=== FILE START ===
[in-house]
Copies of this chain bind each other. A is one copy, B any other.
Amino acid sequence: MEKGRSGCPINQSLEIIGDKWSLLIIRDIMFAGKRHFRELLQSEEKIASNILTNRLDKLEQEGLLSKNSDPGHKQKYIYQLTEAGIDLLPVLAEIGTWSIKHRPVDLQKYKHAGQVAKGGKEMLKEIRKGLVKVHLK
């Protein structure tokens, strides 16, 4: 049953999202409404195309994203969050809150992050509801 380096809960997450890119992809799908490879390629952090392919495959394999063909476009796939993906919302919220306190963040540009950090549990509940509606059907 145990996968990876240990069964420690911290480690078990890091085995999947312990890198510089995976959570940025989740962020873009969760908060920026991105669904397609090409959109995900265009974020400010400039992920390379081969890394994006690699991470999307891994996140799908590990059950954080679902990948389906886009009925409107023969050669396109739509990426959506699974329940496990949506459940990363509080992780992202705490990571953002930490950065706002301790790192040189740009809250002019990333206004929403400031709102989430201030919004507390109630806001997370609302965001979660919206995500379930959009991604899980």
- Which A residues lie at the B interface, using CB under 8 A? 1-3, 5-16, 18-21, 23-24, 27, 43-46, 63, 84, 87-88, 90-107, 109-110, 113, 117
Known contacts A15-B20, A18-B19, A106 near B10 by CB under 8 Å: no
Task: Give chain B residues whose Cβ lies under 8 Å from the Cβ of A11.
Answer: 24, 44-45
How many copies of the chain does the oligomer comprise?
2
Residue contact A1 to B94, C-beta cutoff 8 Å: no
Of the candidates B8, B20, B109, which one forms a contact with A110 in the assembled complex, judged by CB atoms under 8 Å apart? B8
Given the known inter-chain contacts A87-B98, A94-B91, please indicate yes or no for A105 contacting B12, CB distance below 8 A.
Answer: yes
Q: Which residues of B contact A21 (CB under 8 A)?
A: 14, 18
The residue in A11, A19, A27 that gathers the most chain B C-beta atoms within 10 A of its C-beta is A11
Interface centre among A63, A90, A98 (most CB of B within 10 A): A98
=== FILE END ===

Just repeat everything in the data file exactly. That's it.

[in-house]
Copies of this chain bind each other. A is one copy, B any other.
Amino acid sequence: MEKGRSGCPINQSLEIIGDKWSLLIIRDIMFAGKRHFRELLQSEEKIASNILTNRLDKLEQEGLLSKNSDPGHKQKYIYQLTEAGIDLLPVLAEIGTWSIKHRPVDLQKYKHAGQVAKGGKEMLKEIRKGLVKVHLK
């Protein structure tokens, strides 16, 4: 049953999202409404195309994203969050809150992050509801 380096809960997450890119992809799908490879390629952090392919495959394999063909476009796939993906919302919220306190963040540009950090549990509940509606059907 145990996968990876240990069964420690911290480690078990890091085995999947312990890198510089995976959570940025989740962020873009969760908060920026991105669904397609090409959109995900265009974020400010400039992920390379081969890394994006690699991470999307891994996140799908590990059950954080679902990948389906886009009925409107023969050669396109739509990426959506699974329940496990949506459940990363509080992780992202705490990571953002930490950065706002301790790192040189740009809250002019990333206004929403400031709102989430201030919004507390109630806001997370609302965001979660919206995500379930959009991604899980």
- Which A residues lie at the B interface, using CB under 8 A? 1-3, 5-16, 18-21, 23-24, 27, 43-46, 63, 84, 87-88, 90-107, 109-110, 113, 117
Known contacts A15-B20, A18-B19, A106 near B10 by CB under 8 Å: no
Task: Give chain B residues whose Cβ lies under 8 Å from the Cβ of A11.
Answer: 24, 44-45
How many copies of the chain does the oligomer comprise?
2
Residue contact A1 to B94, C-beta cutoff 8 Å: no
Of the candidates B8, B20, B109, which one forms a contact with A110 in the assembled complex, judged by CB atoms under 8 Å apart? B8
Given the known inter-chain contacts A87-B98, A94-B91, please indicate yes or no for A105 contacting B12, CB distance below 8 A.
Answer: yes
Q: Which residues of B contact A21 (CB under 8 A)?
A: 14, 18
The residue in A11, A19, A27 that gathers the most chain B C-beta atoms within 10 A of its C-beta is A11
Interface centre among A63, A90, A98 (most CB of B within 10 A): A98